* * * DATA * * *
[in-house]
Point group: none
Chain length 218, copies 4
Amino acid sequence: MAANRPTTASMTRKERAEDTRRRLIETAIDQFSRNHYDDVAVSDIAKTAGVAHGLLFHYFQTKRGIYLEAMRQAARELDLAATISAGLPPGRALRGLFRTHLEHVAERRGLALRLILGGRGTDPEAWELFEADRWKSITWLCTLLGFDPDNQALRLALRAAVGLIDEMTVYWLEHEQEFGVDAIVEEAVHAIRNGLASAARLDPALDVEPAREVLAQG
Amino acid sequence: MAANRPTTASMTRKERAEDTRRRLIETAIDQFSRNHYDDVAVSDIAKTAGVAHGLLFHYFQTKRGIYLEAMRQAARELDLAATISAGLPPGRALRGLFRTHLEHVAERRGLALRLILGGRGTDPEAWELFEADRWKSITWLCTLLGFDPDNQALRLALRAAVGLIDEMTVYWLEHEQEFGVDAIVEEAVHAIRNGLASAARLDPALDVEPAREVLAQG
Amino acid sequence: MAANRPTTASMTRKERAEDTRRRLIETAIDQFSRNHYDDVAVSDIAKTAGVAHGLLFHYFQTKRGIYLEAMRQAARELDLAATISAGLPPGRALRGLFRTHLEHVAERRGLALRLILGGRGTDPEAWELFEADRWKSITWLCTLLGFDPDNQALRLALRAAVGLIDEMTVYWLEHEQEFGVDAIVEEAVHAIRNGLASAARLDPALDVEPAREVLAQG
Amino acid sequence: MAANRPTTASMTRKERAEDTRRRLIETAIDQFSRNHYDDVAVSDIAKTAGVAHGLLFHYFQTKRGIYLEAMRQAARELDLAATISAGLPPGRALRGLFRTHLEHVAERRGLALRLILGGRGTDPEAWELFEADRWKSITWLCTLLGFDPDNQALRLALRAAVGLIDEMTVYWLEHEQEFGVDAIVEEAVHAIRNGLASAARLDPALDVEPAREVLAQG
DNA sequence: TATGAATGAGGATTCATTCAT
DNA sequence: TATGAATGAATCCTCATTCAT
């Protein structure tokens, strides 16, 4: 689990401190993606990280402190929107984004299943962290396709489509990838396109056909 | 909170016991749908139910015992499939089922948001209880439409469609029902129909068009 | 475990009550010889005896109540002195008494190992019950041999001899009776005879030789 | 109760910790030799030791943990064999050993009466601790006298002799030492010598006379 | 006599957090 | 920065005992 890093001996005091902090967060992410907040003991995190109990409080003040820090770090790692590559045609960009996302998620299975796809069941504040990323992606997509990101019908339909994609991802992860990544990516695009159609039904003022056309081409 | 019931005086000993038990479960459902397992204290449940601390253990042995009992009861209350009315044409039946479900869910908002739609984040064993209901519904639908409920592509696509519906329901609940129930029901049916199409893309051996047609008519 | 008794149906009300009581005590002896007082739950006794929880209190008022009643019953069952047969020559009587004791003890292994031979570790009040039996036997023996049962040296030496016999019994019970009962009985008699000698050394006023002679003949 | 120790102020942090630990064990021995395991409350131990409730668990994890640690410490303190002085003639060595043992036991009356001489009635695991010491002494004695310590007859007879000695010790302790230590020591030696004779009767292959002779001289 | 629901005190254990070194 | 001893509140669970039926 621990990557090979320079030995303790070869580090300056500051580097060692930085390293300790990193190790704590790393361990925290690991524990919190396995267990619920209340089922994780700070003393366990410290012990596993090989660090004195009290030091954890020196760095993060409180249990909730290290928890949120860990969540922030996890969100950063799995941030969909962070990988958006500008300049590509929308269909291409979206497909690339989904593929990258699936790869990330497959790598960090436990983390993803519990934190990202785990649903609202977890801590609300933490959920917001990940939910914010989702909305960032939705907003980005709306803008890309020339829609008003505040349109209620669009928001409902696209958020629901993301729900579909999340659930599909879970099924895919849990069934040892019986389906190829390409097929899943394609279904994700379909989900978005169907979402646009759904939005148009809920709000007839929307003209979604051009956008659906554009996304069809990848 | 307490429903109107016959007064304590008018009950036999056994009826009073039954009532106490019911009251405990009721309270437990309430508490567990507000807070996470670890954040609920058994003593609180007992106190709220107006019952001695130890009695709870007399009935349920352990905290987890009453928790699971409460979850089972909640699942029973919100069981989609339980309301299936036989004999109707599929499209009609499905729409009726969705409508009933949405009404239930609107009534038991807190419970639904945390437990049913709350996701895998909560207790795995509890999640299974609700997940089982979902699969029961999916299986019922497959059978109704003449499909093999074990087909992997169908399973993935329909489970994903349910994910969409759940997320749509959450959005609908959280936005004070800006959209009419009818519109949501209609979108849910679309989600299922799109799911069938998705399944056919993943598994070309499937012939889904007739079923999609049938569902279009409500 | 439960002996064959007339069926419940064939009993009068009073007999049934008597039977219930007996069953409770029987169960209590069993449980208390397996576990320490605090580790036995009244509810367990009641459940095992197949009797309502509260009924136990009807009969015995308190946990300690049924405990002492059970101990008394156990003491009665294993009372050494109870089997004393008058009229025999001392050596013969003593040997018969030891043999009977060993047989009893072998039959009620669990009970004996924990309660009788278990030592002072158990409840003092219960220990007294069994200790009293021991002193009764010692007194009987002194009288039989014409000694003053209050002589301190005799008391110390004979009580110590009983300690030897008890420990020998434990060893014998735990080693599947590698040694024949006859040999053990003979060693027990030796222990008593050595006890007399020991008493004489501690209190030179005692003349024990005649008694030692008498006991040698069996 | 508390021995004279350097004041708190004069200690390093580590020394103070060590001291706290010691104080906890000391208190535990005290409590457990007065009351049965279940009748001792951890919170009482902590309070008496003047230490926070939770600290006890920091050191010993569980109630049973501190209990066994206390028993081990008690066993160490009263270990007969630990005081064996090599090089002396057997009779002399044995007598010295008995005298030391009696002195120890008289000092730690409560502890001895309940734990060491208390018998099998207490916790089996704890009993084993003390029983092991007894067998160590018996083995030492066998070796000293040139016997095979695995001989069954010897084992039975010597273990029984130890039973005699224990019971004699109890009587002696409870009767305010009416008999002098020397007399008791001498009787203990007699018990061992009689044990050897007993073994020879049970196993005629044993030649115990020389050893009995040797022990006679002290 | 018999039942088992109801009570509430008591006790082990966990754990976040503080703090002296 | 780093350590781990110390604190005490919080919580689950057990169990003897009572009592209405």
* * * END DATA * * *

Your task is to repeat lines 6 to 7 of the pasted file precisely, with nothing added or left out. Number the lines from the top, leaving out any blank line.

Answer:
Amino acid sequence: MAANRPTTASMTRKERAEDTRRRLIETAIDQFSRNHYDDVAVSDIAKTAGVAHGLLFHYFQTKRGIYLEAMRQAARELDLAATISAGLPPGRALRGLFRTHLEHVAERRGLALRLILGGRGTDPEAWELFEADRWKSITWLCTLLGFDPDNQALRLALRAAVGLIDEMTVYWLEHEQEFGVDAIVEEAVHAIRNGLASAARLDPALDVEPAREVLAQG
Amino acid sequence: MAANRPTTASMTRKERAEDTRRRLIETAIDQFSRNHYDDVAVSDIAKTAGVAHGLLFHYFQTKRGIYLEAMRQAARELDLAATISAGLPPGRALRGLFRTHLEHVAERRGLALRLILGGRGTDPEAWELFEADRWKSITWLCTLLGFDPDNQALRLALRAAVGLIDEMTVYWLEHEQEFGVDAIVEEAVHAIRNGLASAARLDPALDVEPAREVLAQG